How to do the emergency stop:
Before the examiner gets you to do this exercise they will stop you at the side of the road and tell you what they want you to do next. The examiner will NOT try to take you by surprise. Only one in three driving tests do the emergency stop.
"Within the next few minutes I want you to stop in an emergency. I want you to stop promptly, and under full control. The signal to stop will be- (examiner shows you the salute type signal) - STOP. Before I give you the signal to stop, I will look around over my right shoulder to make sure that the road is clear behind. Please don't stop until I give you the signal "
How to do it:
When you drive away it is important to drive along at a normal speed, and in a normal road position, accelerating normally up to the speed limit if it is safe. Also keep an eye on your mirrors, so that you know what is around you. You shouldn't be driving slowly so that you can stop easily, and you shouldn't be driving fast and in the middle of the road so that you have room to skid. This won't impress the examiner, not in a good way anyway!
When you get the signal to stop: STOP. Don't check the mirrors- the examiner has already checked behind - just STOP! Be quick and firm, concentrate on the brake, and only push the clutch down just before you stop (if you have time). Remember it is an emergency stop, not a casual stop. It should be sudden! Imagine that a child has just run out in front of you, and you must stop to avoid running them over. If everything on the back seat falls off you know that you've done a good one.
When you are expecting the 'stop' signal from the examiner - keep your left foot away from the clutch. If you hover over the clutch, you will automatically press it down before the brake:
(This will make the car momentarily seem to go faster: Because in the time between lifting your foot off the gas and hitting the brake, if the clutch is down, you will lose all engine braking. Maintaining engine braking at this point actually helps you stop more quickly, as it causes weight transfer to the front wheels, spreads the tyre contact patch, and digs the tyre in, enabling your braking to be harder without skidding.)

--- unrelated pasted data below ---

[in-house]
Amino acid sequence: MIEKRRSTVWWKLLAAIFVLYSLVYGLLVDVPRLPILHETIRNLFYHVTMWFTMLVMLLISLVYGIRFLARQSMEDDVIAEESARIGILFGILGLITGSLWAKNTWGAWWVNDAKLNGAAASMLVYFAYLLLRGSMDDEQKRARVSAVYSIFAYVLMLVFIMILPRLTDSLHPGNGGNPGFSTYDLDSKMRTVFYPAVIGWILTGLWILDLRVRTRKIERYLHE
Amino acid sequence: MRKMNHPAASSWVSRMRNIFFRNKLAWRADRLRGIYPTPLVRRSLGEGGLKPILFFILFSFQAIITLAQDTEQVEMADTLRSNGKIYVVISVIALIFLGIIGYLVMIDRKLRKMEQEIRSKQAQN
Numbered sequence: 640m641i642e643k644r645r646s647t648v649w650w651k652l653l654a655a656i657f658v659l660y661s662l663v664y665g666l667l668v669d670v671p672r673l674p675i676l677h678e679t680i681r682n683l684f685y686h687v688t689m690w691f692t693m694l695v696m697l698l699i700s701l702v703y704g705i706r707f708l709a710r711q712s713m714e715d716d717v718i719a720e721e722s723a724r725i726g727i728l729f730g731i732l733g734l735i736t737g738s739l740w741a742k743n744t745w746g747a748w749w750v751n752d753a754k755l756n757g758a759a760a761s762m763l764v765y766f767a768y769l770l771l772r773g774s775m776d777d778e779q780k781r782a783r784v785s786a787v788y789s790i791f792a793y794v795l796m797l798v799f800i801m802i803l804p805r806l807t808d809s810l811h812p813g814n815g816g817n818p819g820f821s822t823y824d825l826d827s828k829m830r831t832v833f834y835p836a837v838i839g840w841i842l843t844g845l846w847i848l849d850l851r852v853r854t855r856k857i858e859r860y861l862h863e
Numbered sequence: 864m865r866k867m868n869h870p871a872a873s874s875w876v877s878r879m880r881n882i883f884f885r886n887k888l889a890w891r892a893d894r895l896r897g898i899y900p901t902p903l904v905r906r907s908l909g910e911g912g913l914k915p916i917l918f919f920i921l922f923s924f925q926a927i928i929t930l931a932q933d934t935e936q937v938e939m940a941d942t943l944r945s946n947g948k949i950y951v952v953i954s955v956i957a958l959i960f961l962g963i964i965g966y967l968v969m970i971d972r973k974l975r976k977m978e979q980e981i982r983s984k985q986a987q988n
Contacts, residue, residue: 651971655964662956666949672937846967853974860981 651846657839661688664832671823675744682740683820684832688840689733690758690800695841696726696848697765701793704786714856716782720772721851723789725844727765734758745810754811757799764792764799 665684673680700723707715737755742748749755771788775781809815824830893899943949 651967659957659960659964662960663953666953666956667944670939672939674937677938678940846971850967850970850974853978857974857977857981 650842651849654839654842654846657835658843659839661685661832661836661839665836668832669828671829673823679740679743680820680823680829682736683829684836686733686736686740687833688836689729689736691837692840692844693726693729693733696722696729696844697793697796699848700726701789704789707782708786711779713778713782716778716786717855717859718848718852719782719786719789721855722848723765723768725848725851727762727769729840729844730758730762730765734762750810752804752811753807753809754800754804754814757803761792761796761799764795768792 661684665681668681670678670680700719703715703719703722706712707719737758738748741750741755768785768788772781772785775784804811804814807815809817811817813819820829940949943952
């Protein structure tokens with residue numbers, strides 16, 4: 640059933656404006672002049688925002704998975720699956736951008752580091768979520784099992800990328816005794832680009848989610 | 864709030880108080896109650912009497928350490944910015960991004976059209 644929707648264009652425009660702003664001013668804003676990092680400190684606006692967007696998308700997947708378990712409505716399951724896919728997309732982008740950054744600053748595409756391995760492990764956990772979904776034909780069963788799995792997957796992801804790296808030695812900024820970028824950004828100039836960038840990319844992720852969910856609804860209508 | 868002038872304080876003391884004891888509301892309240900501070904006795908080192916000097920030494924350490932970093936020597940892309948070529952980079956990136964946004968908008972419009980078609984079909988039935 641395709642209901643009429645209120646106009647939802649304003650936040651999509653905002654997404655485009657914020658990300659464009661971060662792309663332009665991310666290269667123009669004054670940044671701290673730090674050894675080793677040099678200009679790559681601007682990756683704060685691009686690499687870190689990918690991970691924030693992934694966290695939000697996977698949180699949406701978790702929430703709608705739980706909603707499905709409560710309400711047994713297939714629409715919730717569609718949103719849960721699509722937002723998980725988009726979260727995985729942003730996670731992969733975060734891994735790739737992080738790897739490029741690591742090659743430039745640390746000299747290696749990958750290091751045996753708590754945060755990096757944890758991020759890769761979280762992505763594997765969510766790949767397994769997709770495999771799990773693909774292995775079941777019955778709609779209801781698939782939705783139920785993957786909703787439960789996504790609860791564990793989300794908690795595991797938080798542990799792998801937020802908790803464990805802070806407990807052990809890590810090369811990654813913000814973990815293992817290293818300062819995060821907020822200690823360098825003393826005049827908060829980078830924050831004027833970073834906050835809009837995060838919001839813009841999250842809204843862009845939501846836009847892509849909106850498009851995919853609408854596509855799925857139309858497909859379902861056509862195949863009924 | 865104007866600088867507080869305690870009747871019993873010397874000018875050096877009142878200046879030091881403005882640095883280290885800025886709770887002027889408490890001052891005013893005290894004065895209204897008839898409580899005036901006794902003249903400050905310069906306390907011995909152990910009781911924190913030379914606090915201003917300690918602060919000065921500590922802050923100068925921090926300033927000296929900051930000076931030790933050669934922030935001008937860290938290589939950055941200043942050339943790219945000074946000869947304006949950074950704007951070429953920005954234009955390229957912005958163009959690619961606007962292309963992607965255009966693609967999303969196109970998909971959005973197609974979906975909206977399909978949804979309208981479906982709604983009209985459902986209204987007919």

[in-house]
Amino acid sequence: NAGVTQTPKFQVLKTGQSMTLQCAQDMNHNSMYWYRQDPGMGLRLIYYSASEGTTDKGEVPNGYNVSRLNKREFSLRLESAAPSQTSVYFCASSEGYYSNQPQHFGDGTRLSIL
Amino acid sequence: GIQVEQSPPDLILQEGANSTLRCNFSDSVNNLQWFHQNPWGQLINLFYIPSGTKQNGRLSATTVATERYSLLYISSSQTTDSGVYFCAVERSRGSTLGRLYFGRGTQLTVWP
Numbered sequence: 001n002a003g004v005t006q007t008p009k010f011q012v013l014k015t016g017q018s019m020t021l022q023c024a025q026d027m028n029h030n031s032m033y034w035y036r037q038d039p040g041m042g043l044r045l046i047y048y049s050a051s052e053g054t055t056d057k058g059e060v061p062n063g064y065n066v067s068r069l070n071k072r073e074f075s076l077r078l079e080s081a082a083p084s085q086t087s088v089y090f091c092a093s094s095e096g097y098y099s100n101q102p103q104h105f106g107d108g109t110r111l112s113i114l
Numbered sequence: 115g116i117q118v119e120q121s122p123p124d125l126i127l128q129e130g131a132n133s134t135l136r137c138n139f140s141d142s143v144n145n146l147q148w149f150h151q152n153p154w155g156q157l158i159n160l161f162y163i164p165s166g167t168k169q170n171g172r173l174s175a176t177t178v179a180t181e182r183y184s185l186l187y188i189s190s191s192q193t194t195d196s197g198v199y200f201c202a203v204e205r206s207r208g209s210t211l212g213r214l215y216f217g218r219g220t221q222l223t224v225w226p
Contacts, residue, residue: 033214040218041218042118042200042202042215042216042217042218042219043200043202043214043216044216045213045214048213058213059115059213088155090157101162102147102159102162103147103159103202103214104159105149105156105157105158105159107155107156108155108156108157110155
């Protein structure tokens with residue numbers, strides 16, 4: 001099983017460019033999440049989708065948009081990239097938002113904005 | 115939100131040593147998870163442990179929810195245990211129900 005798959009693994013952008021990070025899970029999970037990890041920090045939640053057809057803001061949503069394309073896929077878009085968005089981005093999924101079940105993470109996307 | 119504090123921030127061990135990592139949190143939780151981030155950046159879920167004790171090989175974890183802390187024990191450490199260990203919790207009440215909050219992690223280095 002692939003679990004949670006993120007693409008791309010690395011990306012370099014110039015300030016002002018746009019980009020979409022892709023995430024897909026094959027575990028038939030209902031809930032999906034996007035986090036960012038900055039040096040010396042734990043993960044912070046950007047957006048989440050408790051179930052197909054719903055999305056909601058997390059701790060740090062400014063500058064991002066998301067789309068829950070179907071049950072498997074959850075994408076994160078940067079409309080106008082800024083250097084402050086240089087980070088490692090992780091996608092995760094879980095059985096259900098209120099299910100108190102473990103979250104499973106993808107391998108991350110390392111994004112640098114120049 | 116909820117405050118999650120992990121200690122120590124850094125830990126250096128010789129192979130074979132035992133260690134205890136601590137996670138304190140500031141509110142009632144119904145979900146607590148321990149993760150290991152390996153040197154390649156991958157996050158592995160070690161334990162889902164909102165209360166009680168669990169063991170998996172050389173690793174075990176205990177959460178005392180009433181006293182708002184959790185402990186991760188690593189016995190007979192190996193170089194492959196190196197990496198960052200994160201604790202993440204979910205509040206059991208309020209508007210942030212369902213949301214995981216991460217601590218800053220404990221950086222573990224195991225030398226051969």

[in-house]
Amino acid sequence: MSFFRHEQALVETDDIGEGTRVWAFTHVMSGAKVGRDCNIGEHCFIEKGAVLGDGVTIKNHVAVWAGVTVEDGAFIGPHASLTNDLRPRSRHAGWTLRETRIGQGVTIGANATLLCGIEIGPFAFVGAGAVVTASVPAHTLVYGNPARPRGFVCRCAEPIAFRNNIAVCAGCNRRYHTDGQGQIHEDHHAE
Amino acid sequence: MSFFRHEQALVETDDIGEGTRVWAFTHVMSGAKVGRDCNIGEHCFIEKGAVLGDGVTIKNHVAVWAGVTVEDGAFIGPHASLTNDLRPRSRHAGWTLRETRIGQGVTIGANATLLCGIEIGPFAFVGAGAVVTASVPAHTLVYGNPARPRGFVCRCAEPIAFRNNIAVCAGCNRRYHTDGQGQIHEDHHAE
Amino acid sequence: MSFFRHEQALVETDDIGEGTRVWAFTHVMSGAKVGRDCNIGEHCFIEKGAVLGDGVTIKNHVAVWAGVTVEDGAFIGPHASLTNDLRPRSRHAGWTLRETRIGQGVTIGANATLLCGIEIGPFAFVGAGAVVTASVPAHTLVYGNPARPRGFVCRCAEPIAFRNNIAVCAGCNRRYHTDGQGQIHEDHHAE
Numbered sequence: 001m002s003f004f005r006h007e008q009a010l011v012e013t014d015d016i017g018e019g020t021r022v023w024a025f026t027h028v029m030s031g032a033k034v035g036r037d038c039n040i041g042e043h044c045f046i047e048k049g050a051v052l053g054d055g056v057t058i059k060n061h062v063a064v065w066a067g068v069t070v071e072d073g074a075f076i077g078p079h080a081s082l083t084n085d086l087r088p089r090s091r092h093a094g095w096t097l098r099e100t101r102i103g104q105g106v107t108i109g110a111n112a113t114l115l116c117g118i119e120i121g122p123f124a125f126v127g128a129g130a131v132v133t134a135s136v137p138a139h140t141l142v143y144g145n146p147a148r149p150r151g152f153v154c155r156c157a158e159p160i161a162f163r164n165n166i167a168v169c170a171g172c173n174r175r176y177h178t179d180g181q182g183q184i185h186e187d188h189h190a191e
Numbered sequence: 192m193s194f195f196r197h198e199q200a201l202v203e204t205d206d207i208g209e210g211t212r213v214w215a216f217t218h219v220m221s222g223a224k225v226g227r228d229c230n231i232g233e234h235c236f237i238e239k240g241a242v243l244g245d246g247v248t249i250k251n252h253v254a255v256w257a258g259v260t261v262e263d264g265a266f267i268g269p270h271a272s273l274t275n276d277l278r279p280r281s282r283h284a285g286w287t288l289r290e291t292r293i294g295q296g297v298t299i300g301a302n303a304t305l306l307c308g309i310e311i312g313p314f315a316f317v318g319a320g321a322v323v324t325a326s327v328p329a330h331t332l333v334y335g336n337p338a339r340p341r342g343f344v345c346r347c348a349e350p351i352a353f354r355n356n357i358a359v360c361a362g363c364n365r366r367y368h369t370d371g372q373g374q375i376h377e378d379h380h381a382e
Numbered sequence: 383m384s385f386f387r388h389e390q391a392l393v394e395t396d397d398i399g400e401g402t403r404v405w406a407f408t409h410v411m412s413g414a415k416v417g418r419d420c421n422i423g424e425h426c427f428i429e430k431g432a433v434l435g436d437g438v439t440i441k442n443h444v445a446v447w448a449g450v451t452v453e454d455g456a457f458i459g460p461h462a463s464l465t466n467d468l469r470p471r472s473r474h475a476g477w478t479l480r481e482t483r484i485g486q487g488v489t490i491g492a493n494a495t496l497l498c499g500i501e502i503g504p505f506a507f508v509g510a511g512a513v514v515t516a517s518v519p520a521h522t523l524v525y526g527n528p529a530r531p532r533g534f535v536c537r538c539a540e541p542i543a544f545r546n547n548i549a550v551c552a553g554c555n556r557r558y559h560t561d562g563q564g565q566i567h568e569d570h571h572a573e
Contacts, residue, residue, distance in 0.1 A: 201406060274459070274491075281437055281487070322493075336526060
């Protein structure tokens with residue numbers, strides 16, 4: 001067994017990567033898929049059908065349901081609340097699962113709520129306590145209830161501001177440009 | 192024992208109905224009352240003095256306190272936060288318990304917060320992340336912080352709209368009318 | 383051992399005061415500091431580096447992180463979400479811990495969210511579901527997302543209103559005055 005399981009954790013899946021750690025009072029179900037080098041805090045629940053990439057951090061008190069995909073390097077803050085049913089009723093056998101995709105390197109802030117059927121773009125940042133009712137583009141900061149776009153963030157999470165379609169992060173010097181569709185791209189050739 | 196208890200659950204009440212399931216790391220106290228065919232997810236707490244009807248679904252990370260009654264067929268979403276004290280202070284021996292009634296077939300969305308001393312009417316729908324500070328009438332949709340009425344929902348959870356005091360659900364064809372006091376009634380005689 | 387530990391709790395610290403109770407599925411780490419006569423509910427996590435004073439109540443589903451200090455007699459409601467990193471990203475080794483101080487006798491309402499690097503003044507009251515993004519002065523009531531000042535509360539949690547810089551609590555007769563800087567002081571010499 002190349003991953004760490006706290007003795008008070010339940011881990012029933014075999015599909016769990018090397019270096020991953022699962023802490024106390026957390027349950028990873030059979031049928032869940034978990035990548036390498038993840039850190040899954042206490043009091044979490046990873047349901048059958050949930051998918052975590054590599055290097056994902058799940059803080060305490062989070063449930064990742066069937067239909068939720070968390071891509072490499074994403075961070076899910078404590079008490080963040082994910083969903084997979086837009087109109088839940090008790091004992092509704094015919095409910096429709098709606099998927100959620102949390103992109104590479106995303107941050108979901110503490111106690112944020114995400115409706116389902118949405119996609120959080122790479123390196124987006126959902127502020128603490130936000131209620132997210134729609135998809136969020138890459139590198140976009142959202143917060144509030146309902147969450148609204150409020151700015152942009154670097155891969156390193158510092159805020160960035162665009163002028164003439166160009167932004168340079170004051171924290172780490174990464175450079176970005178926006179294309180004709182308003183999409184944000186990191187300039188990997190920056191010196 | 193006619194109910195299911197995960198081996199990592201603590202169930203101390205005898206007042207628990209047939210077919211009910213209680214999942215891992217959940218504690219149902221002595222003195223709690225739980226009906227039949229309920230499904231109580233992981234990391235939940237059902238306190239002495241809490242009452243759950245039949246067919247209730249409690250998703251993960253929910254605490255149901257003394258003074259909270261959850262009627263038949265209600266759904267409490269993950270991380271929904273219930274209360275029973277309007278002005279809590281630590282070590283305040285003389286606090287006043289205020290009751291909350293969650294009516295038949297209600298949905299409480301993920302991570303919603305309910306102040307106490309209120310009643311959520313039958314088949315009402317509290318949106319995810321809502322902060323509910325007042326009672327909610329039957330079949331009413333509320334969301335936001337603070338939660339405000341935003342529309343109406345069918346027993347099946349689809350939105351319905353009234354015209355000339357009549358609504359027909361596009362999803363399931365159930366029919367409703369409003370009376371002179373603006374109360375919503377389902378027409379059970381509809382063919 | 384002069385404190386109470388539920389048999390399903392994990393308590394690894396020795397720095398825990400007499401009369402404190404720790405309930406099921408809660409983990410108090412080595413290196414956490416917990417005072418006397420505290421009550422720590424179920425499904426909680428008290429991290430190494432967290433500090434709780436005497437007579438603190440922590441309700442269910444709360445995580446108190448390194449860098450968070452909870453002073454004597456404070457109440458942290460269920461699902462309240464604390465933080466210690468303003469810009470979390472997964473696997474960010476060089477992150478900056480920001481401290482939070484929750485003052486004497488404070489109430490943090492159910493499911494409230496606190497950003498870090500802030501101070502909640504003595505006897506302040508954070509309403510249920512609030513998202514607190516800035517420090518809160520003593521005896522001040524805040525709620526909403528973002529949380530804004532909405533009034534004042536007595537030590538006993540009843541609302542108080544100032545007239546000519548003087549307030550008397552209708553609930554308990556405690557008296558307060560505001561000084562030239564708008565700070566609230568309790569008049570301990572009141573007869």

If you brake too hard, you may skid, if you haven't got ABS: If so, come off the brake and brake again, but not so hard the next time. (It is possible to fail on an uncorrected skid - but as most driving school cars now have ABS, this is unlikely - see below).
It doesn’t matter if you stall, as long as you stop.
A fail on the emergency stop is usually because the candidate either doesn't brake hard enough or doesn't react quickly enough. Remember it is supposed to be an emergency. Keep your heel under the brake pedal and pivot your foot onto the gas. If you need to react quickly you just pivot back to the brake pedal. If you have to lift your heel to re-position your foot you will take too long to react.
After you have stopped: Apply the handbrake, select neutral, and wait for further instruction. When you are asked to pull away- Check LEFT and RIGHT blindspots (because you will be well away from the kerb), and your mirrors before moving off. Indicate right to pull away if any other traffic is nearby, but far enough away for you to be able to pull away without affecting it. If other traffic approaches you while you are stopped - indicate left, to encourage it to go past.
If your vehicle has ABS - brake firmly and stay on it, you may feel it pumping or hear a noise if the ABS works. Don’t worry, stay on the brake and it will stop without skidding.
When ABS was first used on cars, there was an increase in accidents. This was because when people were braking hard in an emergency, they would hear the ABS "banging" . They would then come off the brake, thinking they had broken something. Of course, then they didn't stop in time and crashed, into what they were trying to brake to avoid.
Important note about ABS: